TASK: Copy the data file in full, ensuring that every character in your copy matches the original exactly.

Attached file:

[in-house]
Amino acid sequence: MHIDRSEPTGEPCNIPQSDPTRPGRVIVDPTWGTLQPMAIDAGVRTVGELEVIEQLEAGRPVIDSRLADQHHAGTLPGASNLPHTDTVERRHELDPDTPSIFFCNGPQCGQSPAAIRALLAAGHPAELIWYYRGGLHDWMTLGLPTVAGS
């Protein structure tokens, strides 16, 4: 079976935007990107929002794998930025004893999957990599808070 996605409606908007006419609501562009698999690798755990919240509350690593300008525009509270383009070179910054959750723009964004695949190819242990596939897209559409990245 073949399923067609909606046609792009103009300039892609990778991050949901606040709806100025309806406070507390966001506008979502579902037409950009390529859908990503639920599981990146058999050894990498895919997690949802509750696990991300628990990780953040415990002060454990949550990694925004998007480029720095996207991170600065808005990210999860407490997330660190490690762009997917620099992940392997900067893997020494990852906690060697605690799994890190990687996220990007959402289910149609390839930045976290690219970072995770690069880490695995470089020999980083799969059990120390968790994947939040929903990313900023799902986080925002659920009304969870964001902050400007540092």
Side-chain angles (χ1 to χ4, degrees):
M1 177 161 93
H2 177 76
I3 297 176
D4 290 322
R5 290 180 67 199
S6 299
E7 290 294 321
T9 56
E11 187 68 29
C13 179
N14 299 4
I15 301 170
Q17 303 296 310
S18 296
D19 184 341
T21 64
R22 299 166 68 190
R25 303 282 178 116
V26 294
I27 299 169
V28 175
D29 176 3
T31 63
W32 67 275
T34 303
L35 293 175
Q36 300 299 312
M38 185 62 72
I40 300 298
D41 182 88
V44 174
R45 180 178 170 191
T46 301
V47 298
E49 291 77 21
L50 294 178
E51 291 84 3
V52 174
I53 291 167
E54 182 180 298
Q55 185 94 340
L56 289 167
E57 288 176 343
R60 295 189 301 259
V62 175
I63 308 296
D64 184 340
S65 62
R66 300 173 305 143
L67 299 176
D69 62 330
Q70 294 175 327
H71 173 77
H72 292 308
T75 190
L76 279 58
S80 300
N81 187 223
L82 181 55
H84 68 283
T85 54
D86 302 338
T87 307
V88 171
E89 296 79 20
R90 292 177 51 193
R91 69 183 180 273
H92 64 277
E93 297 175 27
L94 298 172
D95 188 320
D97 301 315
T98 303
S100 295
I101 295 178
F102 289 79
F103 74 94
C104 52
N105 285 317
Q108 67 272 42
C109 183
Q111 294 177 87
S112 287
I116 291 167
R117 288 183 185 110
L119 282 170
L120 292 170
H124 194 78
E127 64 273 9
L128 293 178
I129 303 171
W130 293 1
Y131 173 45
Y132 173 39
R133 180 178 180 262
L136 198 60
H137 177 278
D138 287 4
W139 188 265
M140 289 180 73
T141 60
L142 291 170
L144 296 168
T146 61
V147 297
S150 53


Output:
[in-house]
Amino acid sequence: MHIDRSEPTGEPCNIPQSDPTRPGRVIVDPTWGTLQPMAIDAGVRTVGELEVIEQLEAGRPVIDSRLADQHHAGTLPGASNLPHTDTVERRHELDPDTPSIFFCNGPQCGQSPAAIRALLAAGHPAELIWYYRGGLHDWMTLGLPTVAGS
């Protein structure tokens, strides 16, 4: 079976935007990107929002794998930025004893999957990599808070 996605409606908007006419609501562009698999690798755990919240509350690593300008525009509270383009070179910054959750723009964004695949190819242990596939897209559409990245 073949399923067609909606046609792009103009300039892609990778991050949901606040709806100025309806406070507390966001506008979502579902037409950009390529859908990503639920599981990146058999050894990498895919997690949802509750696990991300628990990780953040415990002060454990949550990694925004998007480029720095996207991170600065808005990210999860407490997330660190490690762009997917620099992940392997900067893997020494990852906690060697605690799994890190990687996220990007959402289910149609390839930045976290690219970072995770690069880490695995470089020999980083799969059990120390968790994947939040929903990313900023799902986080925002659920009304969870964001902050400007540092």
Side-chain angles (χ1 to χ4, degrees):
M1 177 161 93
H2 177 76
I3 297 176
D4 290 322
R5 290 180 67 199
S6 299
E7 290 294 321
T9 56
E11 187 68 29
C13 179
N14 299 4
I15 301 170
Q17 303 296 310
S18 296
D19 184 341
T21 64
R22 299 166 68 190
R25 303 282 178 116
V26 294
I27 299 169
V28 175
D29 176 3
T31 63
W32 67 275
T34 303
L35 293 175
Q36 300 299 312
M38 185 62 72
I40 300 298
D41 182 88
V44 174
R45 180 178 170 191
T46 301
V47 298
E49 291 77 21
L50 294 178
E51 291 84 3
V52 174
I53 291 167
E54 182 180 298
Q55 185 94 340
L56 289 167
E57 288 176 343
R60 295 189 301 259
V62 175
I63 308 296
D64 184 340
S65 62
R66 300 173 305 143
L67 299 176
D69 62 330
Q70 294 175 327
H71 173 77
H72 292 308
T75 190
L76 279 58
S80 300
N81 187 223
L82 181 55
H84 68 283
T85 54
D86 302 338
T87 307
V88 171
E89 296 79 20
R90 292 177 51 193
R91 69 183 180 273
H92 64 277
E93 297 175 27
L94 298 172
D95 188 320
D97 301 315
T98 303
S100 295
I101 295 178
F102 289 79
F103 74 94
C104 52
N105 285 317
Q108 67 272 42
C109 183
Q111 294 177 87
S112 287
I116 291 167
R117 288 183 185 110
L119 282 170
L120 292 170
H124 194 78
E127 64 273 9
L128 293 178
I129 303 171
W130 293 1
Y131 173 45
Y132 173 39
R133 180 178 180 262
L136 198 60
H137 177 278
D138 287 4
W139 188 265
M140 289 180 73
T141 60
L142 291 170
L144 296 168
T146 61
V147 297
S150 53